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Quick and Easy Guide to Labor & Employment Law: Colorado

This state-specific guide covers labor and employment case law, statutes, rules, and regulations that HR professionals and clients often encounter or have questions about in Colorado.

Colorado's 2021 legislative session (first session of the 73rd General Assembly) adjourned on June 8, 2021. The legislature introduced 623 bills and passed 502 of those bills. New laws go into effect on the date written therein.

At-Will Employment

In Colorado, an agreement of employment that is for an indefinite term is presumed to be at will. Either the employer or the employee may terminate at-will employment at any time with or without cause, and such termination generally does not give rise to a claim for relief. Wisehart v. Meganck, 66 P.3d 124, 126 (Colo. App. 2002).


Legislation and the common law have restricted application of the at-will doctrine to balance the interests of employers and employees. For example, certain federal and state statutes have created private claims for relief for wrongful discharge based on discrimination with respect to race, color, gender, national origin, ancestry, religious affiliation, disability and age. Wisehart v. Meganck, 66 P.3d 124, 126 (Colo. App. 2002).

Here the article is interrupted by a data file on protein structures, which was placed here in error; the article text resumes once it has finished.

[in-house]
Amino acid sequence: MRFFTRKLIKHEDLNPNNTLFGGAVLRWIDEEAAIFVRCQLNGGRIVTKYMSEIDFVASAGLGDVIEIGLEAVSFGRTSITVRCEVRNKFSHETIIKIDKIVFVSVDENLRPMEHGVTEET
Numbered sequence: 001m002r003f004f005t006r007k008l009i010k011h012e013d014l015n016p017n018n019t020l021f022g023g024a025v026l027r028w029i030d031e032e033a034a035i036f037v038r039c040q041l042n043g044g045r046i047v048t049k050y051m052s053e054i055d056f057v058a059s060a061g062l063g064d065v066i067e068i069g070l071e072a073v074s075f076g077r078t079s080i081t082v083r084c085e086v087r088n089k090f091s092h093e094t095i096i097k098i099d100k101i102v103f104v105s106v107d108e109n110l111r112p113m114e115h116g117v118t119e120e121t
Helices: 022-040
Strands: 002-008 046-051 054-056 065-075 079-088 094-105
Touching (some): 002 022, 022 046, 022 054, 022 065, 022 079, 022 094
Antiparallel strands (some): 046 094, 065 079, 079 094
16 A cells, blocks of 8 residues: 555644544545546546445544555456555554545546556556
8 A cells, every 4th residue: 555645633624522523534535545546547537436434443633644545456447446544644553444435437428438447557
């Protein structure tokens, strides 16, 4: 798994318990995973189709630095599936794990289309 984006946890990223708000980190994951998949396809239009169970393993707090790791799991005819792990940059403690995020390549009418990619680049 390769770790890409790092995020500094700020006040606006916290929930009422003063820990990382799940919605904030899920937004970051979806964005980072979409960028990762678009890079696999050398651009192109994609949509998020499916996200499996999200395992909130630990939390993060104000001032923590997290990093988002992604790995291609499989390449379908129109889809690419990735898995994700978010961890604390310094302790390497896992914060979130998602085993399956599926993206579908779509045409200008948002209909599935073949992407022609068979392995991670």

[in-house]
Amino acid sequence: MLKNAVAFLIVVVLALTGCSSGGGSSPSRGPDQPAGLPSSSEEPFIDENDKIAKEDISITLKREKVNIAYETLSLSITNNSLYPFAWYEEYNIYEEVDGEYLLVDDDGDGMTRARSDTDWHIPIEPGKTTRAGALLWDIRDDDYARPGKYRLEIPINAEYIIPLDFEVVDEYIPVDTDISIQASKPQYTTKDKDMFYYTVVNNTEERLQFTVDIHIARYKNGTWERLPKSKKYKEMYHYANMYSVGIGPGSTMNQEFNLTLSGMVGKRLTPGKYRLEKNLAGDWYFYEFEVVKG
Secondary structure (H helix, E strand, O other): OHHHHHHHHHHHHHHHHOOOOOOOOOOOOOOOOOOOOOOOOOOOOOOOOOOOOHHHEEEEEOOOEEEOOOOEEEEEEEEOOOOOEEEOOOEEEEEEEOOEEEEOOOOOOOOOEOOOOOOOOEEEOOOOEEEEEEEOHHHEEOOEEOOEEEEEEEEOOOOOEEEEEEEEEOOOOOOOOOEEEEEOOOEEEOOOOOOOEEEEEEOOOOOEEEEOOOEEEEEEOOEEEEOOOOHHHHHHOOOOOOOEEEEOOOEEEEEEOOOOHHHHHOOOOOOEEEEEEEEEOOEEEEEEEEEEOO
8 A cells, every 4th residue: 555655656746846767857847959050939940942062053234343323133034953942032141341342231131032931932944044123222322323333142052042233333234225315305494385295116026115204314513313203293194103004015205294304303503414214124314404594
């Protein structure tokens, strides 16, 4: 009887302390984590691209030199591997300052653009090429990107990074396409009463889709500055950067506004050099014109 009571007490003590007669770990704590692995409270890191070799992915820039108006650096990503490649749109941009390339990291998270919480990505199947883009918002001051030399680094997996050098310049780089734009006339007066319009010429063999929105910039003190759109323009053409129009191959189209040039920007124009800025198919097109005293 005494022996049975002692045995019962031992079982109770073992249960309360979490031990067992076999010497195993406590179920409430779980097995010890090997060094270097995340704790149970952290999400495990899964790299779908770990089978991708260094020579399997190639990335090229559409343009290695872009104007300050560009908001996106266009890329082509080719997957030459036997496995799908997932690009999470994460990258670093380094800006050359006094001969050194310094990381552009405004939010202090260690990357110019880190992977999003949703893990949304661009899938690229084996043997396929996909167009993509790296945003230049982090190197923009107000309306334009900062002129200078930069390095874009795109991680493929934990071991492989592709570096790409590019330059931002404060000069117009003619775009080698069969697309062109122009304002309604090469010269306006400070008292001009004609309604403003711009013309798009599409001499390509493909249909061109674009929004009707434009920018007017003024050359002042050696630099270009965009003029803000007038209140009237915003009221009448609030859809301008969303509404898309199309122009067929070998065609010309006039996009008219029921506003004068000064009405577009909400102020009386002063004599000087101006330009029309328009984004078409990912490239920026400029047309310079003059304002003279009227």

Colorado also allows for a claim for relief for wrongful discharge in violation of public policy, which restricts an employer's right to terminate when the termination disregards accepted and substantial public policies set by legislative declarations, professional codes of ethics or other sources. Rocky Mountain Hospital & Medical Service v. Mariani, 916 P.2d 519 (Colo.1996).

Due to the presumption of at-will employment, the burden is on the plaintiff to plead and prove circumstances that would authorize application of one of these recognized exceptions to the doctrine. See Schur v. Storage Technology Corp., 878 P.2d 51 (Colo. App. 1994).

Right to Work Laws

Colorado's Labor Peace Act provides the right for employees to join unions but does not require union membership for employees to obtain a job. C.R.S. 8-3-106 to 109. The Act allows shops to go through a process to become "all union" and thus require union membership to be an employee. Id. Under the Labor Peace Act, agricultural employees were not allowed to organize and join labor unions; however, Senate Bill 87, which recently passed in the 2021 legislative session, will expand agricultural workers' rights allowing the right to organize or join labor unions.

Immigration Verification

Colorado places no additional employment verification procedures on most employers beyond Federal I-9 compliance.

There is no requirement to use E-Verify under Colorado state laws for most employers. Colorado state law clarifies that a state agency may not engage in a public contract for services with a contractor who knowingly employees or contracts with undocumented foreign nationals. C.R.S. 8-17.5-102. The contractor must certify that all of its employees will participate in the E-verify program to confirm employment eligibility. Id.